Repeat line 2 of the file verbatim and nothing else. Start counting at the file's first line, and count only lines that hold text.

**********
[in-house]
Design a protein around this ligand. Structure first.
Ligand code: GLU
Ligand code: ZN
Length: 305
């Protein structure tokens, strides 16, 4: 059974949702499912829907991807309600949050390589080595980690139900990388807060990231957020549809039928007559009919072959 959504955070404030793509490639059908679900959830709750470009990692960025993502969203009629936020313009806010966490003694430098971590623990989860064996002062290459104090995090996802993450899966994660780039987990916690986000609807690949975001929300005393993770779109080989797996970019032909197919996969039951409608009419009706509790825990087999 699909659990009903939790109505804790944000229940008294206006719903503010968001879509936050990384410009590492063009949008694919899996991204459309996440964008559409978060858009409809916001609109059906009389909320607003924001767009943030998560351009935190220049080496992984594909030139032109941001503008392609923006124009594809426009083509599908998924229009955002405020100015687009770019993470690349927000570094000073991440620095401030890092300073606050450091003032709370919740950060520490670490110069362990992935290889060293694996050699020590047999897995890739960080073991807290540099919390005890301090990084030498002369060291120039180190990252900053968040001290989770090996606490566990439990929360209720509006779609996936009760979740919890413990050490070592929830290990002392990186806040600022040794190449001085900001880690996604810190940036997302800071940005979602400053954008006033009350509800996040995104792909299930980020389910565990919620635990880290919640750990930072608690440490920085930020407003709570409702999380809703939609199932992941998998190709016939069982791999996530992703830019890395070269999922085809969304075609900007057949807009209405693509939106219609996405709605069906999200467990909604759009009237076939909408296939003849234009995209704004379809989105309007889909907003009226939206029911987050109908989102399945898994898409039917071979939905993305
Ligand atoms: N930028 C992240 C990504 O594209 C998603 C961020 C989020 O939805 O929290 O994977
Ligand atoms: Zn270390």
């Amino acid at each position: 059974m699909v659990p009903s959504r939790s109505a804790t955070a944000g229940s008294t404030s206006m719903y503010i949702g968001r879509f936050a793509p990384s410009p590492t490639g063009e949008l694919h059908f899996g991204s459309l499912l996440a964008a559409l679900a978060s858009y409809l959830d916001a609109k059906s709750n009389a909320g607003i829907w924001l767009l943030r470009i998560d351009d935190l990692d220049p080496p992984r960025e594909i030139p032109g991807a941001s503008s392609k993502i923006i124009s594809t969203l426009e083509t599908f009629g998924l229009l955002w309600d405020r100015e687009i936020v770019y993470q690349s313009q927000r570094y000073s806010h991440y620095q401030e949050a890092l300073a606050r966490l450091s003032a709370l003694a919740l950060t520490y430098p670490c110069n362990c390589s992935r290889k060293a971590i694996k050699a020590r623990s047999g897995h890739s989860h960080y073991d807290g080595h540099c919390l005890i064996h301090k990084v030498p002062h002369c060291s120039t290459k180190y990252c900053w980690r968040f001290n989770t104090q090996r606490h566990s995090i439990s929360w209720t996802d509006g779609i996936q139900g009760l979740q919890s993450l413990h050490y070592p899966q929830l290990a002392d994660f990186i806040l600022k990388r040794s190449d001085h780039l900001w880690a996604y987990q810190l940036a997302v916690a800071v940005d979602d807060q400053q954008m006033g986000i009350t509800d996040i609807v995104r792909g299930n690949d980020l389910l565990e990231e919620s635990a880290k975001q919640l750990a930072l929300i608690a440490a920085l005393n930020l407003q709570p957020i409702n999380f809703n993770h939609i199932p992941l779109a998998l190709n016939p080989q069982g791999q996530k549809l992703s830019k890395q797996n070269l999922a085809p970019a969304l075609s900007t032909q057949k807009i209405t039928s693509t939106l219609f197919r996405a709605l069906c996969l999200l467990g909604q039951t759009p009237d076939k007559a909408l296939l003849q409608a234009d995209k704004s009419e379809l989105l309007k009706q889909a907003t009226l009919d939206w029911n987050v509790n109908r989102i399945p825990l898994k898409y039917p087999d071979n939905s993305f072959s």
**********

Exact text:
Design a protein around this ligand. Structure first.